Pureed Pucks of Roasted Garlic

Garlic Pucks 8

I was at the grocery store recently and I found a huge bag of garlic, 18 heads of it in total, for a whopping $2.49! I quickly nabbed a bag and surreptitiously shoved it through the scanner at the cash in the hopes that it wasn’t a pricing error. So now I had 18 heads of garlic to deal with. I of course roasted them all. If you’ve never done it, check out my instructions here. Now, roasting 18 heads of garlic means that your eyes are watering and you will never get the smell of roasted garlic out of the house, but it’s a worthy sacrifice.

Garlic Pucks 2

I let it cool and then carefully popped each gloriously caramelized clove of sweet roasted garlicky goodness out of the head and into my food processor. I saved one head for a soup I was making, but there are 17 heads in there.

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Then I gave it a whaz. Hello, gorgeous.

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Then I sprayed a mini muffin tin with olive oil and shoved my new garlic paste into the cups. There are only twelve cups in this tin so it’s like concentrated garlic goodness: each one contains almost one and a half heads of roasted garlic.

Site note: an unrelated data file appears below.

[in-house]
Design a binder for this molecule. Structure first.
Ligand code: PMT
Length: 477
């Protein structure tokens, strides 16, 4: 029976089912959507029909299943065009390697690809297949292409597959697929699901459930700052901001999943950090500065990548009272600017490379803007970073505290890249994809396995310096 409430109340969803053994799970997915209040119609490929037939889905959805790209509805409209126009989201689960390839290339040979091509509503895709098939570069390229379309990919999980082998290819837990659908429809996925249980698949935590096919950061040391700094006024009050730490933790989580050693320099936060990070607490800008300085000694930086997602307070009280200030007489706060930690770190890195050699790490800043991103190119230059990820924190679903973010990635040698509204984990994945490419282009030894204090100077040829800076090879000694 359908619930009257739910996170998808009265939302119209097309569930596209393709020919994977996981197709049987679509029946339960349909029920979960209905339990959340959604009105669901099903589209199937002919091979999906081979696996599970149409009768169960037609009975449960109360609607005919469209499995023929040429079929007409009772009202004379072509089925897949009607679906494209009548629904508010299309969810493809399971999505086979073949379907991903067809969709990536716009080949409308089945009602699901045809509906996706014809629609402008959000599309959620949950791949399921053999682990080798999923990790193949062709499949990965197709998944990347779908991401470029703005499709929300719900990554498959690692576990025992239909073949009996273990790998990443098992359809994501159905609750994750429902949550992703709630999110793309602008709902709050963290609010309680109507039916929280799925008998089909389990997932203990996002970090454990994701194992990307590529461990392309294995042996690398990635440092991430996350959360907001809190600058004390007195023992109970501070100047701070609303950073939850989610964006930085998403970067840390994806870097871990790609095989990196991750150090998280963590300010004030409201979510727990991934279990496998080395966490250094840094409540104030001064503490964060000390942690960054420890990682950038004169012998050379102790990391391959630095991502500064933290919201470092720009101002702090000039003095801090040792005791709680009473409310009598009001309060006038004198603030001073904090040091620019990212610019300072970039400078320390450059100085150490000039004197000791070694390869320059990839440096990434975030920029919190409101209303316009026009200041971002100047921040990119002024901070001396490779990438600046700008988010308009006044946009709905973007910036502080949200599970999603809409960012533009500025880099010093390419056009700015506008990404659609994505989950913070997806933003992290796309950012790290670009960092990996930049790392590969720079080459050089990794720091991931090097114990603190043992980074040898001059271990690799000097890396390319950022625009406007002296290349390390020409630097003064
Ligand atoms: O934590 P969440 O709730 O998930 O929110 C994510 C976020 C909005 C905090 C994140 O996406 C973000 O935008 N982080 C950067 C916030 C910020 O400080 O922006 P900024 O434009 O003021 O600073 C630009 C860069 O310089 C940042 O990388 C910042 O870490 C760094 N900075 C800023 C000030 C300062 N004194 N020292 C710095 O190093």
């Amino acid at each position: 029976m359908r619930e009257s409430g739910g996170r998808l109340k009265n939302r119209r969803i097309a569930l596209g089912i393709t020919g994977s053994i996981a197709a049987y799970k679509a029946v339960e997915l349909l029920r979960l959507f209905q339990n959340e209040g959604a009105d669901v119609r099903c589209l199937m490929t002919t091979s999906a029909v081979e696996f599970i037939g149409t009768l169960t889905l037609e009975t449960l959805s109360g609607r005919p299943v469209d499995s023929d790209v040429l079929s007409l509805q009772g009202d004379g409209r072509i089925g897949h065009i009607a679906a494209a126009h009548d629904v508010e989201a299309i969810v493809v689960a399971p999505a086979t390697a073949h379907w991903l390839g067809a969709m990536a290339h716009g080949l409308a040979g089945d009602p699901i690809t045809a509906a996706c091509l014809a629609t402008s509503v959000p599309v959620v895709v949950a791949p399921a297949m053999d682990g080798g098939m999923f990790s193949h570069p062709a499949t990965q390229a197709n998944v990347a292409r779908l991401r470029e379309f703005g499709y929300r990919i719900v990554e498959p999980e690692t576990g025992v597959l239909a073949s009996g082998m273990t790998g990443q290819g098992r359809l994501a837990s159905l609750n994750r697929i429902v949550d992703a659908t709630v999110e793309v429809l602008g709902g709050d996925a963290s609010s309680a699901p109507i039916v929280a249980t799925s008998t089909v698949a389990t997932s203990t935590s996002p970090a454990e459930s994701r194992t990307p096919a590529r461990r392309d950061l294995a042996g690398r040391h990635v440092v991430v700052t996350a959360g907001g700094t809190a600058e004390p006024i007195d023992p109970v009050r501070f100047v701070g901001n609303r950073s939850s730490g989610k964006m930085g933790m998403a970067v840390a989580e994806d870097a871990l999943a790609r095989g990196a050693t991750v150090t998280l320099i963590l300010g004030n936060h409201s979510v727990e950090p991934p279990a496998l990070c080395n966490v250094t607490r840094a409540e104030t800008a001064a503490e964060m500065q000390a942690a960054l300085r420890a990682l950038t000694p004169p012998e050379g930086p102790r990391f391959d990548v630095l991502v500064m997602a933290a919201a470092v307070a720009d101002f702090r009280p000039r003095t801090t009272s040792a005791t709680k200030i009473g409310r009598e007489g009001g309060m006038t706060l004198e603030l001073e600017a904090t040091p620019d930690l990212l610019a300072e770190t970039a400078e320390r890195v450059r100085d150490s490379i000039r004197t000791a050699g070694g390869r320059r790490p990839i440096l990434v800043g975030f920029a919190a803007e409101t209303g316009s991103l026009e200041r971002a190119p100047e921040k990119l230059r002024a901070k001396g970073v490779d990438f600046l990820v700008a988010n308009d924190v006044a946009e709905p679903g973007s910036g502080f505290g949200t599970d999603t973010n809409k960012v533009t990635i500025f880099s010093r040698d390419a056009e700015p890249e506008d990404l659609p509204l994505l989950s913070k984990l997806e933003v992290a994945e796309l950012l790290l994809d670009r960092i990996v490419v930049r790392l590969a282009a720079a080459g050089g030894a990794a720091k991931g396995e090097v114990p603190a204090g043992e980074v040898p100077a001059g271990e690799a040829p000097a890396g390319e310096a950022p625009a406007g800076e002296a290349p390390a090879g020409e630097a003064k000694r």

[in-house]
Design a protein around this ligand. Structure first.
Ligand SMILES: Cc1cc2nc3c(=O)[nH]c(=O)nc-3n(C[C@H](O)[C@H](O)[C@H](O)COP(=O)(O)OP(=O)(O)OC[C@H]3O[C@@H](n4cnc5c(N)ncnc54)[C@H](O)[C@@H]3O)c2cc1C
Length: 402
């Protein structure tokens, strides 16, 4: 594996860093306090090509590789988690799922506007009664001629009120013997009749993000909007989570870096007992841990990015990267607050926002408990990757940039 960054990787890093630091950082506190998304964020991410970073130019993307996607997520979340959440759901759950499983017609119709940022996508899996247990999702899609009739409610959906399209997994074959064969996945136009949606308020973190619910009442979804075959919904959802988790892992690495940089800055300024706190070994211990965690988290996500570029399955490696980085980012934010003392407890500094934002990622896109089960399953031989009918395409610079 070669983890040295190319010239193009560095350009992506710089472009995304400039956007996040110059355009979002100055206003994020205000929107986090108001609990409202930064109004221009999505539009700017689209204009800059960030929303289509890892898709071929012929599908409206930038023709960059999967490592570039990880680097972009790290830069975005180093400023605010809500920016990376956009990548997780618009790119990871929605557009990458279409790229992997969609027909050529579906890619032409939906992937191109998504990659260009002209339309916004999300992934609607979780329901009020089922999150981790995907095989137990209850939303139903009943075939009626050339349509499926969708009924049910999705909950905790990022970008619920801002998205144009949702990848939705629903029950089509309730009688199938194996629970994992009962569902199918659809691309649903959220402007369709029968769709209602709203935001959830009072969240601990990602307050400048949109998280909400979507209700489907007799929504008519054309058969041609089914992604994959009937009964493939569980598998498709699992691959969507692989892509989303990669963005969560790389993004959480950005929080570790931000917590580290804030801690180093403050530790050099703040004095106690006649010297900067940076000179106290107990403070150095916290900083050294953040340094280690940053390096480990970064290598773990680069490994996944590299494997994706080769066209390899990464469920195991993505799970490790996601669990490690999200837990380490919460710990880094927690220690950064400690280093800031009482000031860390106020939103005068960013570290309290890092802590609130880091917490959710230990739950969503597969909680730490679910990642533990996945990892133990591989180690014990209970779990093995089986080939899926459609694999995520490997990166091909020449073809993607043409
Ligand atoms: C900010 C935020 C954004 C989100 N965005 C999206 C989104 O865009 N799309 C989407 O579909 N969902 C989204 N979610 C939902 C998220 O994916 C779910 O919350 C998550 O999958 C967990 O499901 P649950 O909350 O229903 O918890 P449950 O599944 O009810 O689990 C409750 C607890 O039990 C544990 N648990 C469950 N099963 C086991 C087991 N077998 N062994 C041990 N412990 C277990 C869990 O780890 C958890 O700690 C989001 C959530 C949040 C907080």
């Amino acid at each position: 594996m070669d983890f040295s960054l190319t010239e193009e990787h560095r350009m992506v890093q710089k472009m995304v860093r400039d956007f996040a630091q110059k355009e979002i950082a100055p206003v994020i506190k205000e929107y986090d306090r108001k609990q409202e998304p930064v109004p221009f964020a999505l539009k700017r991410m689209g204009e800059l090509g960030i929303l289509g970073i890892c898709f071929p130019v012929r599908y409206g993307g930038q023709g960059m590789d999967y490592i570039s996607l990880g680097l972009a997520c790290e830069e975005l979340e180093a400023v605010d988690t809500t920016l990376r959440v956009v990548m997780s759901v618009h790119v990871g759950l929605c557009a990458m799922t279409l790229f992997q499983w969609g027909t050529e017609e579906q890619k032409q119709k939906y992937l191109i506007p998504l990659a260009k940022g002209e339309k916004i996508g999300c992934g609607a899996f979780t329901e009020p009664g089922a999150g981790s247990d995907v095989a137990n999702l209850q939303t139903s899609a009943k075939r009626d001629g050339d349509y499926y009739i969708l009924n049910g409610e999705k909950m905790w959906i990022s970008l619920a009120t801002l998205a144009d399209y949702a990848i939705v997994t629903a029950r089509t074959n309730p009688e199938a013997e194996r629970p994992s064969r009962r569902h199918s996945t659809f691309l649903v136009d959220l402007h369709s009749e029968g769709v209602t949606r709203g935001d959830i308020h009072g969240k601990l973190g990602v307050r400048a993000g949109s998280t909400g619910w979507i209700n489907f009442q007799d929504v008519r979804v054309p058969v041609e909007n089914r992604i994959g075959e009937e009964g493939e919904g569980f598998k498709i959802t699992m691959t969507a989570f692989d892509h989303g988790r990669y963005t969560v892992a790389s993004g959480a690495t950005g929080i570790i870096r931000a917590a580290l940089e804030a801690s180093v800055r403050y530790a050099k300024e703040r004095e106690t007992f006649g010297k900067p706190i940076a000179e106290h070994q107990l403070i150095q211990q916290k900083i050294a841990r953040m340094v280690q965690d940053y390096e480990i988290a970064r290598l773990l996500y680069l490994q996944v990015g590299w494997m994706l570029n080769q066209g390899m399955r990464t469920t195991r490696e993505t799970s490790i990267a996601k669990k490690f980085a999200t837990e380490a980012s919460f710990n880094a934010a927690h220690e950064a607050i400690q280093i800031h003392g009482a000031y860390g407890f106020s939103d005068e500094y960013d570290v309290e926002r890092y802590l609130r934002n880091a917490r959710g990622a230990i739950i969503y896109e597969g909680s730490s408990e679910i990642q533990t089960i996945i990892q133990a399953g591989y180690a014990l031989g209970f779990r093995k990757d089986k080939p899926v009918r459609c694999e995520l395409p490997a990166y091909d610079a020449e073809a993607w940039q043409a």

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Pop that in the freezer overnight, then store the frozen lovely pucks in an airtight bag in the freezer and use as needed in soups and sauces and whatever else you want. When it comes to roasted garlic, the sky is the limit.

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Gluten-Free Chocolate Chip Cookies

GF Choco Chip 17

So my washing machine has been broken for about a month now.  My landlord didn’t like the first repair quote we got so we had to get a second opinion and now it turns out that the part we need is pretty much not available anymore.  While we wait, I do some laundry by hand in the bathtub (so not as fun as it sounds) and some I do downstairs in Fussellette’s machine (which is identical to and yet works so much better than ours).  So in recompense for being a pain in her butt while I wash my unmentionables in her house, I made her some cookies yesterday.  These puppies (adapted from this recipe) are soft and chewy and you can’t even tell that they are gluten-free.  I asked the Pie how many cookies he wanted and all he did was extend his arms to their fullest, which I took to mean “this many,” so I doubled my batch, but a single batch here makes 18-24 large cookies.